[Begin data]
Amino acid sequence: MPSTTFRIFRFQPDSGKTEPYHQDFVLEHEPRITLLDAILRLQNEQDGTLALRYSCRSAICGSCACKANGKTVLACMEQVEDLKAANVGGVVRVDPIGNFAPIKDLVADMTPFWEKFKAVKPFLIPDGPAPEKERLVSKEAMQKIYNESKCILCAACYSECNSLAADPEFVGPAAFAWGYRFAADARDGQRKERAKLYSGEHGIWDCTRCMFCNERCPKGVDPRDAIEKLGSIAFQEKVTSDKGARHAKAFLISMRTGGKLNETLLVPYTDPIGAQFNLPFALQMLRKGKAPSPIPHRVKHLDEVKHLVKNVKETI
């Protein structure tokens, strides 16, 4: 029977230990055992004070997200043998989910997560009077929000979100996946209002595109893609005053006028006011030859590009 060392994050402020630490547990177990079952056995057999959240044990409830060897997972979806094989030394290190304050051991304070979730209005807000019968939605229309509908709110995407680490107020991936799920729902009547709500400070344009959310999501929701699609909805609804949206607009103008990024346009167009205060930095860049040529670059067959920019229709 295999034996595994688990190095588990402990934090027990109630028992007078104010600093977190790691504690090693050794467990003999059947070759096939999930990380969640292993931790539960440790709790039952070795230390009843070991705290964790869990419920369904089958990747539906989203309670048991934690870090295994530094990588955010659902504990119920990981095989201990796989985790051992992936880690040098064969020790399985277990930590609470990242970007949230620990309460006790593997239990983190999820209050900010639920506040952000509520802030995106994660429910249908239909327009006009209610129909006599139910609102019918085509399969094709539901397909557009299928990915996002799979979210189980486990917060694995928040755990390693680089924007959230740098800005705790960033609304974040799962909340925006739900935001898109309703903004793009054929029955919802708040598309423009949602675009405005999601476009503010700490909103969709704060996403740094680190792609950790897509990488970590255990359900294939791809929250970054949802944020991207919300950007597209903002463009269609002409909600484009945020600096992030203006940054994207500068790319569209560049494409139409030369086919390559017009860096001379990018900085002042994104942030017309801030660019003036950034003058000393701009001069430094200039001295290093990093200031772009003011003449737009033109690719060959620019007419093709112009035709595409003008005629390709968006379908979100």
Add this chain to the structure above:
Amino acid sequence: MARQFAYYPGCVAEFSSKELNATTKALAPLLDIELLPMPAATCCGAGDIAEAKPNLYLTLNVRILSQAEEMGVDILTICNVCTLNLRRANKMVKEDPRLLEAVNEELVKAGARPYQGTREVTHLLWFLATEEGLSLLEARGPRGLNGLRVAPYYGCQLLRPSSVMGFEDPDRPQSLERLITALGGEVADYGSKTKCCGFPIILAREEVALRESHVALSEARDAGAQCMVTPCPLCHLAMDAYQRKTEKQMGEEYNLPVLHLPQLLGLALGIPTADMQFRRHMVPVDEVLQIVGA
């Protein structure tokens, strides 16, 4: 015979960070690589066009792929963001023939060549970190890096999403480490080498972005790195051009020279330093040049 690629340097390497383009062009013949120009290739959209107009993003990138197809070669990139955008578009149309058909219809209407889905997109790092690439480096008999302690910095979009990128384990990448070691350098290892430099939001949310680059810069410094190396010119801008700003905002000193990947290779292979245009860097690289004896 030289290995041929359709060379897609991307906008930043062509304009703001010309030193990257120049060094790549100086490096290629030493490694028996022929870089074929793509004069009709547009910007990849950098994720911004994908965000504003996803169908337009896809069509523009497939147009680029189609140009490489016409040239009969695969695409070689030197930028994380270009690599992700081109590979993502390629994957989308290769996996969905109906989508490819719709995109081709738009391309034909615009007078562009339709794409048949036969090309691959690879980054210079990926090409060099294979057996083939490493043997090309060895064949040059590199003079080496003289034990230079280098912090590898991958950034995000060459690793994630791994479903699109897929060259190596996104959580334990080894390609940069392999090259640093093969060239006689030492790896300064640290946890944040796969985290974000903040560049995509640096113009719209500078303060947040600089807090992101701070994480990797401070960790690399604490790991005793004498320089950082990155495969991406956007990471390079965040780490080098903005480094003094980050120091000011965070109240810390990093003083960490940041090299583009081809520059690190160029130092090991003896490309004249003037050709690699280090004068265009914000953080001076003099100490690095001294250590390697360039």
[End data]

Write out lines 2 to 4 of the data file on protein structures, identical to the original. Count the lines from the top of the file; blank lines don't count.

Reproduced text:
């Protein structure tokens, strides 16, 4: 029977230990055992004070997200043998989910997560009077929000979100996946209002595109893609005053006028006011030859590009 060392994050402020630490547990177990079952056995057999959240044990409830060897997972979806094989030394290190304050051991304070979730209005807000019968939605229309509908709110995407680490107020991936799920729902009547709500400070344009959310999501929701699609909805609804949206607009103008990024346009167009205060930095860049040529670059067959920019229709 295999034996595994688990190095588990402990934090027990109630028992007078104010600093977190790691504690090693050794467990003999059947070759096939999930990380969640292993931790539960440790709790039952070795230390009843070991705290964790869990419920369904089958990747539906989203309670048991934690870090295994530094990588955010659902504990119920990981095989201990796989985790051992992936880690040098064969020790399985277990930590609470990242970007949230620990309460006790593997239990983190999820209050900010639920506040952000509520802030995106994660429910249908239909327009006009209610129909006599139910609102019918085509399969094709539901397909557009299928990915996002799979979210189980486990917060694995928040755990390693680089924007959230740098800005705790960033609304974040799962909340925006739900935001898109309703903004793009054929029955919802708040598309423009949602675009405005999601476009503010700490909103969709704060996403740094680190792609950790897509990488970590255990359900294939791809929250970054949802944020991207919300950007597209903002463009269609002409909600484009945020600096992030203006940054994207500068790319569209560049494409139409030369086919390559017009860096001379990018900085002042994104942030017309801030660019003036950034003058000393701009001069430094200039001295290093990093200031772009003011003449737009033109690719060959620019007419093709112009035709595409003008005629390709968006379908979100």
Add this chain to the structure above:
Amino acid sequence: MARQFAYYPGCVAEFSSKELNATTKALAPLLDIELLPMPAATCCGAGDIAEAKPNLYLTLNVRILSQAEEMGVDILTICNVCTLNLRRANKMVKEDPRLLEAVNEELVKAGARPYQGTREVTHLLWFLATEEGLSLLEARGPRGLNGLRVAPYYGCQLLRPSSVMGFEDPDRPQSLERLITALGGEVADYGSKTKCCGFPIILAREEVALRESHVALSEARDAGAQCMVTPCPLCHLAMDAYQRKTEKQMGEEYNLPVLHLPQLLGLALGIPTADMQFRRHMVPVDEVLQIVGA